08:34pm Thursday 27 February 2020

Simple Tool Can Boost Motivation, Improve Health In Older Adults

The demographics of aging in the United States continues to change dramatically. In 2006, 37 million Americans, 12 percent of the population were 65 years or older. By 2030, those 65 years and older are projected to number 71.5 million representing nearly 20 percent of the US population. Furthermore, between 1992 and 2004 average inflation-adjusted health care costs for older Americans increased from $8,644 to $13,052 and are expected to continue to rise considerably. According to the researchers, such numbers underscore the importance of understanding common diseases and health behaviors of older adults, because many conditions can be prevented and/or modified with behavioral interventions.

“Motivation and life outlook play an important part in an older adult’s ability to recover from illness or disabling events and to maintain and/or adopt health-promoting behaviors,” said lead author Kerri Clough-Gorr, DSc, MPH, from the Section of Geriatrics at BUSM.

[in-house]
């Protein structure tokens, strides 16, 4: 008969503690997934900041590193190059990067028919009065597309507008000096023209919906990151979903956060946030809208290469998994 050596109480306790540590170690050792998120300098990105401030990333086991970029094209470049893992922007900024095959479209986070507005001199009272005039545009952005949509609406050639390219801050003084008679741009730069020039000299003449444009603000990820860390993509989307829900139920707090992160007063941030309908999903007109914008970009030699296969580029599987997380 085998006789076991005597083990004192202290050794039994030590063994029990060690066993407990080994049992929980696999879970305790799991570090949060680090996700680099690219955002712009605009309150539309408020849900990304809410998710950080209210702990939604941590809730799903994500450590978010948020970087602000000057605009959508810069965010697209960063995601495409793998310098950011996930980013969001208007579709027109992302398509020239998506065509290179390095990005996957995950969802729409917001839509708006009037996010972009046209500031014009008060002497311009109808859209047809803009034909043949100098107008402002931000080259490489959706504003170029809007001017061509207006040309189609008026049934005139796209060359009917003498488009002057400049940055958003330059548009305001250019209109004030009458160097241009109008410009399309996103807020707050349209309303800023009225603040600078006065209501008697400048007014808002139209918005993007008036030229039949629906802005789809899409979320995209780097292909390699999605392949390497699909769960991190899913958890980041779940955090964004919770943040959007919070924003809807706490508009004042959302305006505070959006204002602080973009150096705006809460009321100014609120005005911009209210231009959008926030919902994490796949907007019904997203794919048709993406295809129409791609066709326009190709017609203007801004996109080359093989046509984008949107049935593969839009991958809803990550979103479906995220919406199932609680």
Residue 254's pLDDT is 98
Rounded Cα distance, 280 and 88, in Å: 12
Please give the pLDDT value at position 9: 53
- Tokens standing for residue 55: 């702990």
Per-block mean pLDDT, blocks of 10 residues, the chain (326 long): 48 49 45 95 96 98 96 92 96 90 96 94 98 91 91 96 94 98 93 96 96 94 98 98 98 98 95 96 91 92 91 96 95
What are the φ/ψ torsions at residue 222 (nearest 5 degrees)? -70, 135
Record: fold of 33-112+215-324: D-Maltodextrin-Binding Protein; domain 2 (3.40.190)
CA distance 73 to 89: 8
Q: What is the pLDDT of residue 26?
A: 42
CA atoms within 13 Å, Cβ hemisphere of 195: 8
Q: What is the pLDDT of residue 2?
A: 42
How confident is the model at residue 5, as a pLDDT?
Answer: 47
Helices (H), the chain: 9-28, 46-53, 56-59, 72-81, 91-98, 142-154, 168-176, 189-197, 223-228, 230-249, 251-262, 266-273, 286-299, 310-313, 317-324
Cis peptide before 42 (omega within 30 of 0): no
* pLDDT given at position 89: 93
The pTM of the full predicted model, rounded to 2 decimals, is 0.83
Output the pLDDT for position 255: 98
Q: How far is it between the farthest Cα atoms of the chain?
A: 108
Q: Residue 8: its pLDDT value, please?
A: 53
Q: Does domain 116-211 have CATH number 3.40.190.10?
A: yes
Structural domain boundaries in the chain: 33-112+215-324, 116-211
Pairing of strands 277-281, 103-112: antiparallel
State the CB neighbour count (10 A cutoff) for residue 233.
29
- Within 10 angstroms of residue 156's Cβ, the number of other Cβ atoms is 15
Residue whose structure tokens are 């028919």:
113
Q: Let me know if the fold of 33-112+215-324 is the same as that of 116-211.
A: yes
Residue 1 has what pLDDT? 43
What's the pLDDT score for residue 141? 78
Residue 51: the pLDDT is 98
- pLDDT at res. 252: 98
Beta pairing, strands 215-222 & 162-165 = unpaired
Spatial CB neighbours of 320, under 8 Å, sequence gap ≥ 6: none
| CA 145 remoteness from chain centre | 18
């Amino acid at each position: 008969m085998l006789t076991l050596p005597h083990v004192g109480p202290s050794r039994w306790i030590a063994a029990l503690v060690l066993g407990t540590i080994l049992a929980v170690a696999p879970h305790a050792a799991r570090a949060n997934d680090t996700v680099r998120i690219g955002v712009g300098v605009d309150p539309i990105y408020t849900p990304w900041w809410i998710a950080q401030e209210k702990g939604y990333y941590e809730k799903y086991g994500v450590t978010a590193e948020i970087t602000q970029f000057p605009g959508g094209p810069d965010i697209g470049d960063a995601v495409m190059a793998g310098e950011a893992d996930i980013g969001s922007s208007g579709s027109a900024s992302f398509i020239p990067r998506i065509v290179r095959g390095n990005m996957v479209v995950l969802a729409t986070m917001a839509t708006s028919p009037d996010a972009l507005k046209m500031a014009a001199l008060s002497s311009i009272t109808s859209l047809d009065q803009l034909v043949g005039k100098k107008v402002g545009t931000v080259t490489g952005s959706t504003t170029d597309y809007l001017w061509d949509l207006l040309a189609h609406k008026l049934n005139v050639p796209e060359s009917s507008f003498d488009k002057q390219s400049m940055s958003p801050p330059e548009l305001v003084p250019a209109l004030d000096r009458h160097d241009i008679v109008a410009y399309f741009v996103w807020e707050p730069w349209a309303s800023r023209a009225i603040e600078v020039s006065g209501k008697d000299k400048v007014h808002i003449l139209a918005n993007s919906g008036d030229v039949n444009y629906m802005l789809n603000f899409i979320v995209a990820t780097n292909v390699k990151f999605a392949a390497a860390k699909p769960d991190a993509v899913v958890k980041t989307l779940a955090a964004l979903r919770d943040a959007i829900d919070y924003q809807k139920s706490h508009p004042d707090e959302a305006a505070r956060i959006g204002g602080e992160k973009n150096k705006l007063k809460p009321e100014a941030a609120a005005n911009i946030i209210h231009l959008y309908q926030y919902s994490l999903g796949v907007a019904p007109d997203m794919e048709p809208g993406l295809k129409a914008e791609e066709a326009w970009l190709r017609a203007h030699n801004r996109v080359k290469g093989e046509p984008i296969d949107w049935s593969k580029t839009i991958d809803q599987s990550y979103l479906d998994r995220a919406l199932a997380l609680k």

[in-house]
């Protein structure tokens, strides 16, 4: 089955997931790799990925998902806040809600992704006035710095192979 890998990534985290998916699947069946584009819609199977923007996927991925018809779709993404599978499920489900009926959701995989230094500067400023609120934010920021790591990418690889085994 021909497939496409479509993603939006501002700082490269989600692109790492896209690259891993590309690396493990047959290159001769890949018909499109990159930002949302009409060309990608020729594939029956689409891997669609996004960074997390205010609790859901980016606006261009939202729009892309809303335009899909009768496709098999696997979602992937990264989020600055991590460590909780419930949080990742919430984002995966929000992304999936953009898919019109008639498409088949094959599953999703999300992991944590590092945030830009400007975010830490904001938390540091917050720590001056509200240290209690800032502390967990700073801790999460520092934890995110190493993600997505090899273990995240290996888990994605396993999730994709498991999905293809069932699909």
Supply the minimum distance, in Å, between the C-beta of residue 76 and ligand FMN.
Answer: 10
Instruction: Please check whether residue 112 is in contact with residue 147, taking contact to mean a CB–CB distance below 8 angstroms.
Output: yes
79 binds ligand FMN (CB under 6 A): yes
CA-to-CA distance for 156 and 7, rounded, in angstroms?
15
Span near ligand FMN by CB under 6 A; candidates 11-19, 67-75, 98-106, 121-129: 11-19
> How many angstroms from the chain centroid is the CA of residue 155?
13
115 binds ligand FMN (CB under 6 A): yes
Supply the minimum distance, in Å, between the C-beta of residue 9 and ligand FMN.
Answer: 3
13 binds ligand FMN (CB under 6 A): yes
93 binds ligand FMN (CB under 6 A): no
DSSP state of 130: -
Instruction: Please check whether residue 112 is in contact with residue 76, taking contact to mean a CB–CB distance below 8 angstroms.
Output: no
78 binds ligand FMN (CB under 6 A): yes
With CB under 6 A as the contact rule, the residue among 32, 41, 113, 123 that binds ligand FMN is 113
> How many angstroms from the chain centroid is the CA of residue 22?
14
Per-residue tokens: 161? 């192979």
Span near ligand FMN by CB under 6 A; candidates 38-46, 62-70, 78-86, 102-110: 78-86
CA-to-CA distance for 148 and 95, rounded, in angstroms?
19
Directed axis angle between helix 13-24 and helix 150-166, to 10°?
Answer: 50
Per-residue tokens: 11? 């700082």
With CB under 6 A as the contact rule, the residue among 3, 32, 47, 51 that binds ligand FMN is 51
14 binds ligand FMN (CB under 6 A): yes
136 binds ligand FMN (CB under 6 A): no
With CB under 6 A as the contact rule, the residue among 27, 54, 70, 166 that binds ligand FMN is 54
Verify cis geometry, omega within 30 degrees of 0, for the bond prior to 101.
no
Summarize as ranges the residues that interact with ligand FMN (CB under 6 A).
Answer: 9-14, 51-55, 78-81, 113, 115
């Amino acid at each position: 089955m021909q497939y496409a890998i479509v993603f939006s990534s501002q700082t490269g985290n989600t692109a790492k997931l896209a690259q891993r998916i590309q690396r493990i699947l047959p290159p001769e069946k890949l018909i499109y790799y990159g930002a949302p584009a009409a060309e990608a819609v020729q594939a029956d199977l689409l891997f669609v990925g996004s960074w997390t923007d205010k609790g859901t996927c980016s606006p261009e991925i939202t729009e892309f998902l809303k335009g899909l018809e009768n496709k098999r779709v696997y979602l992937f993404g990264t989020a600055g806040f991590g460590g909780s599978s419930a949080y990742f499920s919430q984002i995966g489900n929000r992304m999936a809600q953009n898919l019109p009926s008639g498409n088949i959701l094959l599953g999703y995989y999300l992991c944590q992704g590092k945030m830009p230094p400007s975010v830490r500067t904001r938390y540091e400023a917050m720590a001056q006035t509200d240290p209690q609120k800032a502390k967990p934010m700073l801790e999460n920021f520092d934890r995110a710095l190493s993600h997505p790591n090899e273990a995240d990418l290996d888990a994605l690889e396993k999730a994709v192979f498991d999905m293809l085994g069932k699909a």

The researchers conducted telephone interviews on a sample of 660 women with breast cancer from four geographic regions of the country at three and six months intervals. Motivation and life outlook was assessed using GoB questions. Women with GoB scores ≥50 (representing higher motivation) at baseline were statistically significantly more likely at 6 months to have good health-related quality of life, good self-perceived health and report regular exercise than those with scores <50, indicating good predictive ability.

“The ability to identify patients with low motivation establishes an opportunity for health care providers to develop and implement interventions to improve older adults’ motivation and to help them attain and maintain a higher quality of health and life.
The GoB may help target adequate interventions to bolster motivation and
thus improve health behaviors and outcomes in older adults,” added Clough-Gorr.

This study was supported by grants from the National Cancer Institute.

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Contact: Gina M. Digravio, 617-638-8491, gina.digravio@bmc.org

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